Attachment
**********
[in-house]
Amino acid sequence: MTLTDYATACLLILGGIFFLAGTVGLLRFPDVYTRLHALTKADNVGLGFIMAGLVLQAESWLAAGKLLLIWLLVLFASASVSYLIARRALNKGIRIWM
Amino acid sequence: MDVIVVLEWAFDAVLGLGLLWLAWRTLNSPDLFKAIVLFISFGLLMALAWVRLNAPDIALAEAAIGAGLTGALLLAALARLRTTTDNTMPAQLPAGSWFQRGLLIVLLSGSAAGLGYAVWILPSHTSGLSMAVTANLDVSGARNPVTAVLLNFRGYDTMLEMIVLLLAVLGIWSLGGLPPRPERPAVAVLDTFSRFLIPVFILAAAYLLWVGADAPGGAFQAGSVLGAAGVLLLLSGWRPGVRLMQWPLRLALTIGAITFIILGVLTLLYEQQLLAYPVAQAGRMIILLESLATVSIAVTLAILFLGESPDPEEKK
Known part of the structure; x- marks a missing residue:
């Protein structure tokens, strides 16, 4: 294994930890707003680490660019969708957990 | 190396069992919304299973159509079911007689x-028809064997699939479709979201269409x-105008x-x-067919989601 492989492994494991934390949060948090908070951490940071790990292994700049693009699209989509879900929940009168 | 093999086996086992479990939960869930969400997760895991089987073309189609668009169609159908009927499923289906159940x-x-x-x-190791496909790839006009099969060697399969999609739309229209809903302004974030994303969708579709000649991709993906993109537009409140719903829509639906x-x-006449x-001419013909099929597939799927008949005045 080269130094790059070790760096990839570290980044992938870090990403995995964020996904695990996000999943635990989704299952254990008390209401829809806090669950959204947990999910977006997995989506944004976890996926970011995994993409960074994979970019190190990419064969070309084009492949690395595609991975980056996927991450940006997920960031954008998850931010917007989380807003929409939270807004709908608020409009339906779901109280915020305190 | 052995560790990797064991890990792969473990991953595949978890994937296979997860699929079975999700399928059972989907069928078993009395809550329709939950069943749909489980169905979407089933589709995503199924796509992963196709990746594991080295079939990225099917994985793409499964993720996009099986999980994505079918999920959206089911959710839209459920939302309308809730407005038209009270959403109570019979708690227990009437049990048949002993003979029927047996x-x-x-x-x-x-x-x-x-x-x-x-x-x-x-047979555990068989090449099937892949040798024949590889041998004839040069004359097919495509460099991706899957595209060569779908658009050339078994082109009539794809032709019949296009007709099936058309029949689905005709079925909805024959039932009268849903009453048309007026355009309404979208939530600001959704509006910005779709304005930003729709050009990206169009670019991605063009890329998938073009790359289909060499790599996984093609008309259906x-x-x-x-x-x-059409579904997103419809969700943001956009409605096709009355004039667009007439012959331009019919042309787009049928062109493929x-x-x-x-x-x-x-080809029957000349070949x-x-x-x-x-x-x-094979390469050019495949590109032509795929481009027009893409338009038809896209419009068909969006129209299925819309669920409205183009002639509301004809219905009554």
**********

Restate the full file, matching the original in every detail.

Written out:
[in-house]
Amino acid sequence: MTLTDYATACLLILGGIFFLAGTVGLLRFPDVYTRLHALTKADNVGLGFIMAGLVLQAESWLAAGKLLLIWLLVLFASASVSYLIARRALNKGIRIWM
Amino acid sequence: MDVIVVLEWAFDAVLGLGLLWLAWRTLNSPDLFKAIVLFISFGLLMALAWVRLNAPDIALAEAAIGAGLTGALLLAALARLRTTTDNTMPAQLPAGSWFQRGLLIVLLSGSAAGLGYAVWILPSHTSGLSMAVTANLDVSGARNPVTAVLLNFRGYDTMLEMIVLLLAVLGIWSLGGLPPRPERPAVAVLDTFSRFLIPVFILAAAYLLWVGADAPGGAFQAGSVLGAAGVLLLLSGWRPGVRLMQWPLRLALTIGAITFIILGVLTLLYEQQLLAYPVAQAGRMIILLESLATVSIAVTLAILFLGESPDPEEKK
Known part of the structure; x- marks a missing residue:
């Protein structure tokens, strides 16, 4: 294994930890707003680490660019969708957990 | 190396069992919304299973159509079911007689x-028809064997699939479709979201269409x-105008x-x-067919989601 492989492994494991934390949060948090908070951490940071790990292994700049693009699209989509879900929940009168 | 093999086996086992479990939960869930969400997760895991089987073309189609668009169609159908009927499923289906159940x-x-x-x-190791496909790839006009099969060697399969999609739309229209809903302004974030994303969708579709000649991709993906993109537009409140719903829509639906x-x-006449x-001419013909099929597939799927008949005045 080269130094790059070790760096990839570290980044992938870090990403995995964020996904695990996000999943635990989704299952254990008390209401829809806090669950959204947990999910977006997995989506944004976890996926970011995994993409960074994979970019190190990419064969070309084009492949690395595609991975980056996927991450940006997920960031954008998850931010917007989380807003929409939270807004709908608020409009339906779901109280915020305190 | 052995560790990797064991890990792969473990991953595949978890994937296979997860699929079975999700399928059972989907069928078993009395809550329709939950069943749909489980169905979407089933589709995503199924796509992963196709990746594991080295079939990225099917994985793409499964993720996009099986999980994505079918999920959206089911959710839209459920939302309308809730407005038209009270959403109570019979708690227990009437049990048949002993003979029927047996x-x-x-x-x-x-x-x-x-x-x-x-x-x-x-047979555990068989090449099937892949040798024949590889041998004839040069004359097919495509460099991706899957595209060569779908658009050339078994082109009539794809032709019949296009007709099936058309029949689905005709079925909805024959039932009268849903009453048309007026355009309404979208939530600001959704509006910005779709304005930003729709050009990206169009670019991605063009890329998938073009790359289909060499790599996984093609008309259906x-x-x-x-x-x-059409579904997103419809969700943001956009409605096709009355004039667009007439012959331009019919042309787009049928062109493929x-x-x-x-x-x-x-080809029957000349070949x-x-x-x-x-x-x-094979390469050019495949590109032509795929481009027009893409338009038809896209419009068909969006129209299925819309669920409205183009002639509301004809219905009554």